Apr 8, 2013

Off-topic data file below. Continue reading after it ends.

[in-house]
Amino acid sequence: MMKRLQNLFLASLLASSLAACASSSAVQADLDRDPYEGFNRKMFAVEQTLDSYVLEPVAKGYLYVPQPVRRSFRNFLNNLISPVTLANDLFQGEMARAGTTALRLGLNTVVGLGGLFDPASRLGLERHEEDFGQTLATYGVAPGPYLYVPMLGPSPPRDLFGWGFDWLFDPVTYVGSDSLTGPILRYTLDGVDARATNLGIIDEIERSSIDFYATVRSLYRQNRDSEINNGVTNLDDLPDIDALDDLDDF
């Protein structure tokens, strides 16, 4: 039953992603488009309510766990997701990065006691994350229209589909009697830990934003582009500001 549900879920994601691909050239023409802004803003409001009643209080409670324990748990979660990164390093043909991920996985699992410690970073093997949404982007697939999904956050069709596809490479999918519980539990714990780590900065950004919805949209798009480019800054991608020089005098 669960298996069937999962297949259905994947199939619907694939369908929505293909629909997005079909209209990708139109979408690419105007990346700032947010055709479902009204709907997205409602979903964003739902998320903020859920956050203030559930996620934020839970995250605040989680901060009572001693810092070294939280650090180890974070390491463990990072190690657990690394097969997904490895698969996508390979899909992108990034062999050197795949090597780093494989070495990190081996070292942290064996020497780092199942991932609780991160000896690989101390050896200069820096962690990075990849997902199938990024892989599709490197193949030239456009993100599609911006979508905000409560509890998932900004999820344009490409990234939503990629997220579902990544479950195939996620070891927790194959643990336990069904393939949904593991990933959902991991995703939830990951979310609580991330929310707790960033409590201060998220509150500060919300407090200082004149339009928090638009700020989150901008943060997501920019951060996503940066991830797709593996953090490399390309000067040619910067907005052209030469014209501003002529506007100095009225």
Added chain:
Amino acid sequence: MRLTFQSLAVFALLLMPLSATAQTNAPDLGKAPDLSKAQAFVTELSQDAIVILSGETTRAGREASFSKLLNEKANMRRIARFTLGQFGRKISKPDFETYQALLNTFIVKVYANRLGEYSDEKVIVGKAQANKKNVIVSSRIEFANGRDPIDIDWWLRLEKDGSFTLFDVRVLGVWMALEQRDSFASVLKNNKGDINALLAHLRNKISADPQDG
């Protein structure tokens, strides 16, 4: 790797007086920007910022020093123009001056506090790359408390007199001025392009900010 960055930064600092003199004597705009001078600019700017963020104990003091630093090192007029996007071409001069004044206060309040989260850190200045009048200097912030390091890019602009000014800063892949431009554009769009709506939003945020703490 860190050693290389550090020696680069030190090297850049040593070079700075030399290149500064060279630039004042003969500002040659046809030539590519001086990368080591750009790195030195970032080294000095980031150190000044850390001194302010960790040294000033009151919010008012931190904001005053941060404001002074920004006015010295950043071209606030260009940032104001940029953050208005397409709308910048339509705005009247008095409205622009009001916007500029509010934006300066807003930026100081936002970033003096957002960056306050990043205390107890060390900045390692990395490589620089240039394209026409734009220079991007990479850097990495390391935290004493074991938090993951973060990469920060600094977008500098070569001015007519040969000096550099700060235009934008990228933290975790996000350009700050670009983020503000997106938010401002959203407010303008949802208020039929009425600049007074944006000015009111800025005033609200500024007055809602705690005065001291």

Do You Eat Ethically? Free Author Event: Behind the Kitchen Door with Saru Jayaraman Sponsored by ROC-United (Restaurant Opportunities Center United), Kansas City MO Public Library, Greater Kansas City Food, Health and Environmental Justice Coalition 6 pm Reception: 6:30 pm Talk Kansas City MO Public Library, Central Library 14 W 10th St, Kansas City, MO 64105 RSVP rsvp http://www.kclibrary.org/event/behind-kitchen-door Mark Bittman, NYTimes columnist, American food journalist and author (and featured keynote speaker for Kansas City's Cultivate Kansas City 2013 urban farm and garden tour) writes about Ms. Jayaraman: “Our food comes at great expense to the workers who provide it. ‘The biggest workforce in America can’t put food on the table except when they go to work,’ says Saru Jayaraman, Co- Founder of the Restaurant Opportunities Centers United. Many people in the nascent food movement and in the broader ‘foodie’ set know our farmers’ (and their kids’) names and what their animals eat. We practically worship chefs, and the damage done to land, air, and water by high-tech ag is—correctly—a constant concern. Yet though you can’t be a card-carrying foodie if you don’t know the provenance of your heirloom tomato, you apparently can be one if you don’t know how the members of your wait staff are treated.” Why should Black Americans care? Many of these restaurant workers are Black Americans and Back immigrants and Blac restaurant workers make even less thatn their white counterparts. Ms. Jayaraman and ROC-United are working to change all that by waging a campaign to increase the minimum wages for restaurant workers and include paid sick days and other benefits for them. bkd cover jpg cropped.jpg ROC-United invites you to a discussion with Saru Jayaraman, co-director of the Restaurant Opportunities Centers United, about her new book Behind the Kitchen Door. How do restaurant workers live on some of the lowest wages in America? And how do poor working conditions--discrimination, exploitation, and unsanitary kitchens--affect the meals that arrive at our restaurant tables? In Behind the Kitchen Door, Saru Jayaraman sets out to answer these questions by following the lives of restaurant workers in nine major cities. Blending personal narrative and investigative journalism, Behind the Kitchen Door is a groundbreaking exploration of the political, economic, and moral implications of dining out. Jayaraman sets out a bold agenda to raise the living standards of the nation's second-largest private sector workforce--and ensure that dining out is a positive experience on both sides of the kitchen door. Check out Saru on CNN’s “Starting Point” with Soledad O’Brien discussing the issues in Behind The Kitchen Door here. Saru Jayaraman is the Co-Founder and Co-Director of the Restaurant Opportunities Centers United (ROC-United) and the Director of the Food Labor Research Center at the University of California, Berkeley. After 9/11, together with displaced World Trade Center workers, she co-founded ROC in New York, which has organized restaurant workers to win workplace justice campaigns, conduct research and policy work, partner with responsible restaurants, and launch cooperatively-owned restaurants. For more info, please contact Kansas City, MO Central Library Public Affairs Department at 816 741 3400. For more information about restaurant workers contact email@example.com, for more information about food, health and environmental justice contact Maria Whittaker at firstname.lastname@example.org or 913 945 1333. fssg.blogspot.com More Information Ms. Jayarman is on tour promoting her new book, Behind the Kitchen Door (see trailers and links to more information below, ) which details how abominably low wages and poor working conditions for restaurant workers affect the health of all of us. Restaurant workers nor only cannot afford to eat the food they serve but are more likely that all Americans to be hungry due to their low wages; the national legal minimum wage for restaurant workers is $2.19 an hour and many do not make tips. Ms. Jayaraman is known for her work pointing out that many restaurant workers cannot afford the food they serve and our hungry themselves. She also points out that due to the lack of sick leave, many are forced to work while they are ill causing them to be even more ill as well as spread illness to their coworkers restaurant patrons whose food they prepare and serve. Ms. Jayaraman also points out the racial inequities in the field, while most servers who work the front of the restaurant are white and those in the back and dishwashing are people of color and make a lot less. The minimum wage for restaurant works has been frozen since about 1996 at a little over $2.00 an hour. While some restaurant workers make tips, not all do. Ms. Jayaraman and ROC United are working to raise the minimum wage for restaurant workers to be on par with all workers. She argues that “foodies” need to be just as concerned about the treatment of the workers at their favorite organic, vegan, local restaurant as they are about the source of their food and whether the growing practices were sustainable. For a beautiful and brilliant video illustrating how the working conditions of restaurant workers affect all of us: http://www.youtube.com/watch?v=LZEUwvIHdSs&feature=player_embedded#! For more information on Ms. Jayaraman, her book tour and ROC United:http://rocunited.org/lookbehindthekitchendoor/ For a beautiful interview of Ms. Jayaraman with Bill Moyers: http://billmoyers.com/segment/saru-jayaraman-on-justice-for-restaurant-workers/ For more information or to get involved in food, health and environmental justice work in KC or to get involved, contact Maria Whittaker at email@example.com,fsssg.blogpsot.com 913 945 1333.